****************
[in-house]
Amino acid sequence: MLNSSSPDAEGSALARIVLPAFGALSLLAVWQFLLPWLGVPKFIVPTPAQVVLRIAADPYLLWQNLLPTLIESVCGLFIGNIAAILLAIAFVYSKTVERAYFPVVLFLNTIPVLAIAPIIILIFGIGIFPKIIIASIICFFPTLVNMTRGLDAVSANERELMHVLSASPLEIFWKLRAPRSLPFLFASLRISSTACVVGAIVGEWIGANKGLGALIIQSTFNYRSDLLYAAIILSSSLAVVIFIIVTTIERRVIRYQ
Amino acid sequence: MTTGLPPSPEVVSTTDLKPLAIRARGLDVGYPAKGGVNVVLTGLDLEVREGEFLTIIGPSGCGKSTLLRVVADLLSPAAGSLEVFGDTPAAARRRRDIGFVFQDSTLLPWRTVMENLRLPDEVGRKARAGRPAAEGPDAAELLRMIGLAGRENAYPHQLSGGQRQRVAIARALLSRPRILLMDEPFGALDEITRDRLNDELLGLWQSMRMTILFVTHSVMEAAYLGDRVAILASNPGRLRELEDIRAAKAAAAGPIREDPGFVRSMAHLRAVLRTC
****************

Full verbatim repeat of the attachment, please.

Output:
[in-house]
Amino acid sequence: MLNSSSPDAEGSALARIVLPAFGALSLLAVWQFLLPWLGVPKFIVPTPAQVVLRIAADPYLLWQNLLPTLIESVCGLFIGNIAAILLAIAFVYSKTVERAYFPVVLFLNTIPVLAIAPIIILIFGIGIFPKIIIASIICFFPTLVNMTRGLDAVSANERELMHVLSASPLEIFWKLRAPRSLPFLFASLRISSTACVVGAIVGEWIGANKGLGALIIQSTFNYRSDLLYAAIILSSSLAVVIFIIVTTIERRVIRYQ
Amino acid sequence: MTTGLPPSPEVVSTTDLKPLAIRARGLDVGYPAKGGVNVVLTGLDLEVREGEFLTIIGPSGCGKSTLLRVVADLLSPAAGSLEVFGDTPAAARRRRDIGFVFQDSTLLPWRTVMENLRLPDEVGRKARAGRPAAEGPDAAELLRMIGLAGRENAYPHQLSGGQRQRVAIARALLSRPRILLMDEPFGALDEITRDRLNDELLGLWQSMRMTILFVTHSVMEAAYLGDRVAILASNPGRLRELEDIRAAKAAAAGPIREDPGFVRSMAHLRAVLRTC